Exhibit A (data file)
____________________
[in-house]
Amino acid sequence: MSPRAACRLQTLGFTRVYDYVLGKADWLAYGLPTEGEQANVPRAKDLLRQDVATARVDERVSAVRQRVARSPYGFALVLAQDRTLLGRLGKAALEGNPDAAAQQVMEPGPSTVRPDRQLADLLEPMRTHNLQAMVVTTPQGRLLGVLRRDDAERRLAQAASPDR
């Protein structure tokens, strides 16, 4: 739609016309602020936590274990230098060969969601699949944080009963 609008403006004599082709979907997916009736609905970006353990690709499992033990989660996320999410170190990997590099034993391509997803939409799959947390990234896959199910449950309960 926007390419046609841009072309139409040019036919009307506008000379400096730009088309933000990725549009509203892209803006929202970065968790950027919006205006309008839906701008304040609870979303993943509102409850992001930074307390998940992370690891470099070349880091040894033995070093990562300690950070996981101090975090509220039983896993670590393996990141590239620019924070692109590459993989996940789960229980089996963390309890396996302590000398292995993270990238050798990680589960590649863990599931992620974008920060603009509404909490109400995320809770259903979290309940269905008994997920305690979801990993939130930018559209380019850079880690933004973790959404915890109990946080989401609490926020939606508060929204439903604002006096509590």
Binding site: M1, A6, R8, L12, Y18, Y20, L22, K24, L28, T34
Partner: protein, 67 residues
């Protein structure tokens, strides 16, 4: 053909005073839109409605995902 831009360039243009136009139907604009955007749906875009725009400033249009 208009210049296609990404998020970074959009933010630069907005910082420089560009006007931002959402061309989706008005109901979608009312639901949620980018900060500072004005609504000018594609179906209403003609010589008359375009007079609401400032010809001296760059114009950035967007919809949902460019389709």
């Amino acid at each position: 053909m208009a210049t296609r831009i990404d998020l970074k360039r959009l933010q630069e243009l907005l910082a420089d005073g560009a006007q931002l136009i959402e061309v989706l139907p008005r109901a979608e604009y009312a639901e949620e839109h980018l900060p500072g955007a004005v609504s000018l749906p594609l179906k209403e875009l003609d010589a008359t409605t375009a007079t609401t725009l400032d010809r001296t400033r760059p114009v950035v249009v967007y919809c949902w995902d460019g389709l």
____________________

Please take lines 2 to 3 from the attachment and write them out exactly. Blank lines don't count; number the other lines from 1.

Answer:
Amino acid sequence: MSPRAACRLQTLGFTRVYDYVLGKADWLAYGLPTEGEQANVPRAKDLLRQDVATARVDERVSAVRQRVARSPYGFALVLAQDRTLLGRLGKAALEGNPDAAAQQVMEPGPSTVRPDRQLADLLEPMRTHNLQAMVVTTPQGRLLGVLRRDDAERRLAQAASPDR
């Protein structure tokens, strides 16, 4: 739609016309602020936590274990230098060969969601699949944080009963 609008403006004599082709979907997916009736609905970006353990690709499992033990989660996320999410170190990997590099034993391509997803939409799959947390990234896959199910449950309960 926007390419046609841009072309139409040019036919009307506008000379400096730009088309933000990725549009509203892209803006929202970065968790950027919006205006309008839906701008304040609870979303993943509102409850992001930074307390998940992370690891470099070349880091040894033995070093990562300690950070996981101090975090509220039983896993670590393996990141590239620019924070692109590459993989996940789960229980089996963390309890396996302590000398292995993270990238050798990680589960590649863990599931992620974008920060603009509404909490109400995320809770259903979290309940269905008994997920305690979801990993939130930018559209380019850079880690933004973790959404915890109990946080989401609490926020939606508060929204439903604002006096509590």